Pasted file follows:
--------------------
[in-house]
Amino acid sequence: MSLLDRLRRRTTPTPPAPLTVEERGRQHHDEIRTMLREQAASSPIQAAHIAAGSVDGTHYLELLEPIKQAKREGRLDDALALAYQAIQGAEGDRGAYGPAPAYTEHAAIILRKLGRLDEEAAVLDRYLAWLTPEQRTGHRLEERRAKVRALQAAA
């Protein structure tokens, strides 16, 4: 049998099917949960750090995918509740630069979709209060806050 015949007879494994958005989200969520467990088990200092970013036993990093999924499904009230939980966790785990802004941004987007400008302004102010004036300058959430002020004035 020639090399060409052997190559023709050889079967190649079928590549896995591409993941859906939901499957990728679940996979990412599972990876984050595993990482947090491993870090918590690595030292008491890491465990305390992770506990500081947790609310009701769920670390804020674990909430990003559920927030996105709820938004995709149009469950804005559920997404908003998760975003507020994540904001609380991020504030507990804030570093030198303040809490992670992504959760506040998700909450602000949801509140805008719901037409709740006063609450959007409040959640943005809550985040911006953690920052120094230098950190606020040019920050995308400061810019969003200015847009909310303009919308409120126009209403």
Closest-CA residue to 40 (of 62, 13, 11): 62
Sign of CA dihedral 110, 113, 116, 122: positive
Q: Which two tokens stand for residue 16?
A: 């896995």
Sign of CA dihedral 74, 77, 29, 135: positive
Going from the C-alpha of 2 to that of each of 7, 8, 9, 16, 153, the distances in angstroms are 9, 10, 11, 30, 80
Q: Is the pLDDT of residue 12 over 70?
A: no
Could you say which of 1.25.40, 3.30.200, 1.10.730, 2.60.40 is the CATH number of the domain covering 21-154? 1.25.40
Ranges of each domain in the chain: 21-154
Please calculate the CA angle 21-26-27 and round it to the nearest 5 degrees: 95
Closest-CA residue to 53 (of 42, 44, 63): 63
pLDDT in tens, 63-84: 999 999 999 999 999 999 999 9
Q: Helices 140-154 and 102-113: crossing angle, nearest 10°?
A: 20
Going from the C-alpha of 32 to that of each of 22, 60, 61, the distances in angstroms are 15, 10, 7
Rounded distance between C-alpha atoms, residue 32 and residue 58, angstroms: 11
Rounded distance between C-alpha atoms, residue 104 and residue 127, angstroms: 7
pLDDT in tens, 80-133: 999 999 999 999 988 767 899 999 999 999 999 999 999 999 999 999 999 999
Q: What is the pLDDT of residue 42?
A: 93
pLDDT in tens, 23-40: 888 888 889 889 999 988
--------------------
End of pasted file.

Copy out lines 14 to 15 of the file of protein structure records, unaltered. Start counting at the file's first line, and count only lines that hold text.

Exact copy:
Please calculate the CA angle 21-26-27 and round it to the nearest 5 degrees: 95
Closest-CA residue to 53 (of 42, 44, 63): 63